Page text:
The next thing to look at with the M3s is which earphones to pair it with. The Output power of the M3s is nearly 4x that of the M1 in singled ended mode (35mW vs 130mW) and nearly double that again when using balanced (230mW) (All of these ratings are at 32ohm). I had no trouble driving headphones up to 150ohm using the single ended output and was able to drive some 600ohm Beyer’s using the balanced out. At 600ohm, you are not going to get very much volume out of the M3s to be sure, but not many people use 600ohm headphones while on the go anyway. When paired with either iems or portable headphones, the m3s has no trouble getting volumes to realistic listening levels with plenty of headroom to really crank the volume for those who want to rock out.

Use Cases for the M3s:

1.) Looking for portable DAP for DSD (up to and including DSD256) or 32/384 playback, this is one of the few that has the specs to really handle it while still retaining enough output power to run larger headphones.

2.) If you are looking for a dap that offers the ability to tether your phone and stream music from your favorite services, the M3s offers both Bluetooth and wired options.

3.) If you want to be able to use your DAP as a transport for an external DAC (either Bluetooth or Line out) or if you want to do the opposite and use the M3s as a DAC for you USB capable source, you have both options.

4.) If you are looking for a DAP with balanced output to offer additional power to higher impedance or lower sensitivity earphones that need that bit of extra push the M3s offers balanced output with enough power to run hungry cans and enough battery to last a full workday.

Middle Ground – the M2s

Some people will have read to this point and realized that at different times of day, they fit into both the M1 and the M3s use case. While you could always purchase both if your budget will allow, there is another option that while a compromise, gives you most of the features of both the m1 and the M3s in a single device.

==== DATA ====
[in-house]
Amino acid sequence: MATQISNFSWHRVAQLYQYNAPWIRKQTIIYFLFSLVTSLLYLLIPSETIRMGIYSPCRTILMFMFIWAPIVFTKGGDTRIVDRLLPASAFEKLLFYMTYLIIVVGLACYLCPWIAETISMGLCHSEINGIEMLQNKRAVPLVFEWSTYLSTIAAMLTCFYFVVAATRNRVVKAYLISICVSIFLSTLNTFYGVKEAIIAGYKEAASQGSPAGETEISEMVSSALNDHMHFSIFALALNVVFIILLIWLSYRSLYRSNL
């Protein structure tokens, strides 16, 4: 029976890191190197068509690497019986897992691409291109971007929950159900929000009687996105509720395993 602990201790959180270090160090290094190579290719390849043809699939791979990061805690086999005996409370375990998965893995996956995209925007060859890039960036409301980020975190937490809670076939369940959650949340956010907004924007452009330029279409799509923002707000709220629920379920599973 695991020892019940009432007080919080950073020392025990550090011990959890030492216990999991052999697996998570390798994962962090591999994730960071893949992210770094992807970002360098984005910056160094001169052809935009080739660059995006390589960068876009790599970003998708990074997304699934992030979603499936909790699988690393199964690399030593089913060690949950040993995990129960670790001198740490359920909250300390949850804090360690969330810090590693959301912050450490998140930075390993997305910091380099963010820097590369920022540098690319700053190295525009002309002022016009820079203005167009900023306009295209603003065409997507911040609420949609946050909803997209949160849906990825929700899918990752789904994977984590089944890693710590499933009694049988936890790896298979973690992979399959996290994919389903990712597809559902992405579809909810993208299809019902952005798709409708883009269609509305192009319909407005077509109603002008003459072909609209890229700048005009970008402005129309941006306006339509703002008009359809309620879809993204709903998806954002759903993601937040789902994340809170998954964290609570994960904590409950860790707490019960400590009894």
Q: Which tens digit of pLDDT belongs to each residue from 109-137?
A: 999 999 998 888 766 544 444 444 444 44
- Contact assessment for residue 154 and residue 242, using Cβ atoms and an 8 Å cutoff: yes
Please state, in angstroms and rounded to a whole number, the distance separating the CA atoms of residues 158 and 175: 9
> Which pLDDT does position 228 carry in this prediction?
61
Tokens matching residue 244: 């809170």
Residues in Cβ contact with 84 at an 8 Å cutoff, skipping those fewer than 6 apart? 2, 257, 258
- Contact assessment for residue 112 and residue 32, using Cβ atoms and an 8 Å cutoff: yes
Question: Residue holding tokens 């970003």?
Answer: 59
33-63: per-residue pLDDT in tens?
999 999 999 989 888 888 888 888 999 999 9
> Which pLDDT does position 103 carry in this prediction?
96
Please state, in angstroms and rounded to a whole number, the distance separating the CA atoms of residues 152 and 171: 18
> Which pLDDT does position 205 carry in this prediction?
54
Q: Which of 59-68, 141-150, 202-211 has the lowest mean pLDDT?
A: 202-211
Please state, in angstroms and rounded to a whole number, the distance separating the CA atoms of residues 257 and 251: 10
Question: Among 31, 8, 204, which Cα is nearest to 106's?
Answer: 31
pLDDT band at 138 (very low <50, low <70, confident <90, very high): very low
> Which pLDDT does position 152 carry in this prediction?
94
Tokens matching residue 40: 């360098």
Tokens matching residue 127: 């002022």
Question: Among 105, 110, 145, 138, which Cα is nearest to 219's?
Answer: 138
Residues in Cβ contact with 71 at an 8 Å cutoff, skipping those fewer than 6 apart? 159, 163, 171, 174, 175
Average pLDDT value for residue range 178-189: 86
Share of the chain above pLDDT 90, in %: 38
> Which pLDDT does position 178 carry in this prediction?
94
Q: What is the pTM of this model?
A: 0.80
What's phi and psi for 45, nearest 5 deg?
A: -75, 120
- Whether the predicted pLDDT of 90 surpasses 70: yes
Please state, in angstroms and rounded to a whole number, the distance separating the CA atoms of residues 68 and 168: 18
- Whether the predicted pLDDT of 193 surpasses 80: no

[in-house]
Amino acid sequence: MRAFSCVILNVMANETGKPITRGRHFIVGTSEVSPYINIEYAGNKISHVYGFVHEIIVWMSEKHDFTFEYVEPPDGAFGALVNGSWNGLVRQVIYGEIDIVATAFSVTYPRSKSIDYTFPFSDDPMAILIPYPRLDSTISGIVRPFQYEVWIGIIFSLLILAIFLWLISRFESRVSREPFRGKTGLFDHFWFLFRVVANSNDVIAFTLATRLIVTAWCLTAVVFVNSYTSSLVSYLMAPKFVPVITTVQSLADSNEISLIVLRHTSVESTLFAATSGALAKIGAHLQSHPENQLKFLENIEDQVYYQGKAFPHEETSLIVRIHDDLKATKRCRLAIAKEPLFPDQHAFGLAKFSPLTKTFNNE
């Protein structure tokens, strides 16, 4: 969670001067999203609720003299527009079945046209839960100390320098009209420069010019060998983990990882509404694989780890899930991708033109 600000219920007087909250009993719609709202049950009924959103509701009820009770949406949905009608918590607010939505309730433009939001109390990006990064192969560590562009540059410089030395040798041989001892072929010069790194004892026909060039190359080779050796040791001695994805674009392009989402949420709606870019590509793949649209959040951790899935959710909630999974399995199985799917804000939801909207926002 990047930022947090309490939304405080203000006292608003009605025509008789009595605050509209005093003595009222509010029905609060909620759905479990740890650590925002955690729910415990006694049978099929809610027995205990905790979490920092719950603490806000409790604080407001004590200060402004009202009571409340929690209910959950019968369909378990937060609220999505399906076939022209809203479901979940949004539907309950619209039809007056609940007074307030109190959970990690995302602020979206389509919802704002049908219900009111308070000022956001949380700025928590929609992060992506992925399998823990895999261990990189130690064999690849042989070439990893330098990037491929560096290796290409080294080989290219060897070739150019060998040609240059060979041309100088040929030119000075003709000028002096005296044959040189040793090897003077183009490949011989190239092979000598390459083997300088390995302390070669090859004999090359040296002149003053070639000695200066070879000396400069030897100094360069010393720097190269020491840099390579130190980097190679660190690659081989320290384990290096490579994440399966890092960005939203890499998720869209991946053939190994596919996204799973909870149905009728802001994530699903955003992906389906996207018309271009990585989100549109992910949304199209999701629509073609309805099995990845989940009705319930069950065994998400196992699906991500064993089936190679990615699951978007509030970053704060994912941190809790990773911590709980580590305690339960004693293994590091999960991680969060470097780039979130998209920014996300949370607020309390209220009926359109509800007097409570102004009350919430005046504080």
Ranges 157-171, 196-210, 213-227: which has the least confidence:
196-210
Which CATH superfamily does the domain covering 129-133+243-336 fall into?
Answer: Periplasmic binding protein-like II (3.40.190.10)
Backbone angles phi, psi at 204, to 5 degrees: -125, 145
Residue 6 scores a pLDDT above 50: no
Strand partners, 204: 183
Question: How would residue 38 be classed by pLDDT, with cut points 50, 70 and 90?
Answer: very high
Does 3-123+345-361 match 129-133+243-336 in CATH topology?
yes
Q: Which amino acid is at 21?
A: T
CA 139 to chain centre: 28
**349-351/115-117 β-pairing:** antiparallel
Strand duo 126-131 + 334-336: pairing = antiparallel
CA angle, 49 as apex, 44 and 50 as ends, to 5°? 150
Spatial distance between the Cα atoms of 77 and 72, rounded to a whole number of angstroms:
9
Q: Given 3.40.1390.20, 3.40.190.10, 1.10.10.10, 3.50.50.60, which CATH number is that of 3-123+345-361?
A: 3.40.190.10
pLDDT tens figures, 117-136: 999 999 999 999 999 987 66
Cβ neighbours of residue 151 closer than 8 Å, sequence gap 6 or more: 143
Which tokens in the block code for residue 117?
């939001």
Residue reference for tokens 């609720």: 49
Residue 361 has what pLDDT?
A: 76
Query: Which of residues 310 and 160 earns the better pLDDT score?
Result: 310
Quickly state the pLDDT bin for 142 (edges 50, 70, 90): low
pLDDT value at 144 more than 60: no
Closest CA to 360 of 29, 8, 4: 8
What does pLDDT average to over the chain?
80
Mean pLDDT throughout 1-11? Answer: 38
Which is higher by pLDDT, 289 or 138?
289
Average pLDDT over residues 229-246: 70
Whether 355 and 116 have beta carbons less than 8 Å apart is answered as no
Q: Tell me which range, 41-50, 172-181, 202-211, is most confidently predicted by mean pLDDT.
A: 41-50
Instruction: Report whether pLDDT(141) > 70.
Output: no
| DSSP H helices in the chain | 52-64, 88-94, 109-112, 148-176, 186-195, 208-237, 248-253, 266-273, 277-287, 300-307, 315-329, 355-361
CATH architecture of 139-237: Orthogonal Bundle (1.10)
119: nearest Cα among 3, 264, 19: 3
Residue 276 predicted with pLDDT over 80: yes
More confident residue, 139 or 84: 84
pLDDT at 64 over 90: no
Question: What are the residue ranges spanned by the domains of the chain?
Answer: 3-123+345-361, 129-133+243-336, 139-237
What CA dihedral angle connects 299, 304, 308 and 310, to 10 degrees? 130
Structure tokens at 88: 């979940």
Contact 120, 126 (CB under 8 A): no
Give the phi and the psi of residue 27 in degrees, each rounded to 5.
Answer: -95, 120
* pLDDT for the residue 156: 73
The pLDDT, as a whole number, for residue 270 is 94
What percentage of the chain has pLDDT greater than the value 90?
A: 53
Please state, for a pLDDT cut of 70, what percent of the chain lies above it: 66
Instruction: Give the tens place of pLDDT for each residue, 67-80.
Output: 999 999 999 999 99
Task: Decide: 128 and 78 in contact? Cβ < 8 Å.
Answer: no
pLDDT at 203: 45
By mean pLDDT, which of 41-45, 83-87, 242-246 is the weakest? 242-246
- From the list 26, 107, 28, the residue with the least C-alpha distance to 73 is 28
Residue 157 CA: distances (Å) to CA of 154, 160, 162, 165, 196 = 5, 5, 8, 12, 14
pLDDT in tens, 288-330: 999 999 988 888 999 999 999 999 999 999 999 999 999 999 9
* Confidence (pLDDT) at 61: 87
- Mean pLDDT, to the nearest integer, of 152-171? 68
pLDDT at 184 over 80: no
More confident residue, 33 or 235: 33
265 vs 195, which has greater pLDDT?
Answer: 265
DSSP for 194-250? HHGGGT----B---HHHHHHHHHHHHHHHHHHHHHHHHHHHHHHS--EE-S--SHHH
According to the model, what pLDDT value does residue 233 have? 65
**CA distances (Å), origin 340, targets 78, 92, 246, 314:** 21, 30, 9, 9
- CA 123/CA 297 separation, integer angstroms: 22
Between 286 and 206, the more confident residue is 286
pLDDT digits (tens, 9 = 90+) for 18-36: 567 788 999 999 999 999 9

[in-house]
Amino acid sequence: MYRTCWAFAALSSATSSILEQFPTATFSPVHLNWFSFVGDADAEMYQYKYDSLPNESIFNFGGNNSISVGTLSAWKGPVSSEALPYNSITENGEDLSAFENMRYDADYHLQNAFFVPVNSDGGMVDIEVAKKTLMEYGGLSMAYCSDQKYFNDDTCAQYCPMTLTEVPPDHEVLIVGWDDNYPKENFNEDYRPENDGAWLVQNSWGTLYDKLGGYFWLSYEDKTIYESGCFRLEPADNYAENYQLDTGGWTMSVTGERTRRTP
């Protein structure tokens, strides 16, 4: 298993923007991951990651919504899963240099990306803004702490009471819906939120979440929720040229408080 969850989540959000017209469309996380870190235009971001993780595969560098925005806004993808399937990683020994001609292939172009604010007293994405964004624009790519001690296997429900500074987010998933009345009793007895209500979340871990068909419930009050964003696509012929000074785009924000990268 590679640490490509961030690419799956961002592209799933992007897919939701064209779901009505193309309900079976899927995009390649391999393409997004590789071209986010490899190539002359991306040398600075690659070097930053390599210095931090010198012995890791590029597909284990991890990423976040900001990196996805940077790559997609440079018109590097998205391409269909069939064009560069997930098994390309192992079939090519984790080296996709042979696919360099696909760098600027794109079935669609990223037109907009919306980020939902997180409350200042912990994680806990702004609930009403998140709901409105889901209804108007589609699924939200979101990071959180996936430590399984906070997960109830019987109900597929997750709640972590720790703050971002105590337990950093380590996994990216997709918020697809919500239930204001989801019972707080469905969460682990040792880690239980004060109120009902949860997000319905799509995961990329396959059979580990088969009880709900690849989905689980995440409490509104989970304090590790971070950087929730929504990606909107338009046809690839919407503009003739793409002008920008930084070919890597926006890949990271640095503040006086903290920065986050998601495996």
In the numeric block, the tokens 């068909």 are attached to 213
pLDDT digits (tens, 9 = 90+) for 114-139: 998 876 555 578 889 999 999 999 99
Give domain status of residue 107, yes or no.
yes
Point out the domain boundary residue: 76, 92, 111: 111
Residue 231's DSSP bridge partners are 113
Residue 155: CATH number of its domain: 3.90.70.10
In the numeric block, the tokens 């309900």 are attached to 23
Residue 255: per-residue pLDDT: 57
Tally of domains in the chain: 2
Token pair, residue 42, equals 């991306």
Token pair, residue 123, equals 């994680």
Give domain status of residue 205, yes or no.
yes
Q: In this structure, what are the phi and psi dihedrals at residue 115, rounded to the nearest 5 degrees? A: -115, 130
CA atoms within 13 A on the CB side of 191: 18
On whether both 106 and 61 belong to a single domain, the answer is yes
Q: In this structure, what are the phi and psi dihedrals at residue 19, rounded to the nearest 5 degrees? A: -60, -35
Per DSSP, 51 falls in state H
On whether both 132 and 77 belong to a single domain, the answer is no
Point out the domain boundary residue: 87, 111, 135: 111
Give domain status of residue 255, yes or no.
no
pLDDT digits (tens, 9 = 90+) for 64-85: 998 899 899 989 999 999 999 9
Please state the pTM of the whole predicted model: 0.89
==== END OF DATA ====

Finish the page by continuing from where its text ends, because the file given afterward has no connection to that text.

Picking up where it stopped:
The M2s is exactly in between the M1 and M3s in dimensions and very close to the midway point in weight although it leans more toward the m3s in feature set and battery capacity. The M2s uses the same chip as the M3s but instead of using one per channel, the M2s uses a single 4490 to handle both channels thus saving 50% of the circuitry. This allows for a 1800mAh battery while maintaining an 8-hour battery life. The M2s shares the ability to use it as a DAC with your USB source, or as a source for your USB DAC. It will also tether to a phone via Bluetooth and allow the use of your favorite streaming sources. Output power is the same as the Single-ended output of the m3s. The M2s does not have the balanced output of its bigger brother but for many that will be a non-event as most headphones come wired for single-ended. The M2s has more than enough output power for most in-ears and portable headphones up to 150ohm. Above 150ohm, the output begins to drop in volume and while still usable, it will be limited. Above 300ohms, the m2s begins to struggle to produce enough volume to be listenable. A lot will depend on how efficient the headphone or earphone used is, but it is worth noting that for high impedance/low sensitivity cans, one should try the m2s first before assuming it will have adequate power to run your cans at a comfortable listening level.

Use Cases for the M2:

1.) If you have a need for a DAP with good sound quality for use with Single Ended earphones.

2.) If you want to stream media from your phone and let the DAP do the work of decoding and save your phones battery.

3.) If you want a DAP you can use as a source with USB DACs or if you want to use your DAP as the USB DAC with another USB source.


I had mixed emotions about the M2s as this was the one of the three players I hadn’t owned previously. My thinking going into this review was: I questioned whether the $79 price difference between the M2s and M3s was enough to be worth losing the 2nd DAC and the balanced output. After using both players for 10 days, I can say conclusively that I made the right decision for me by purchasing the M3s. On the other hand, if you have a limited budget, the M2s makes a very good all-around player with a lot of capability and premium build quality. The $200 DAP market has gotten very competitive and while I can’t say the m2s is the only player one should consider, I can certainly say it deserves a spot amongst the top 3 I have had the opportunity to try at or near the $200 price point.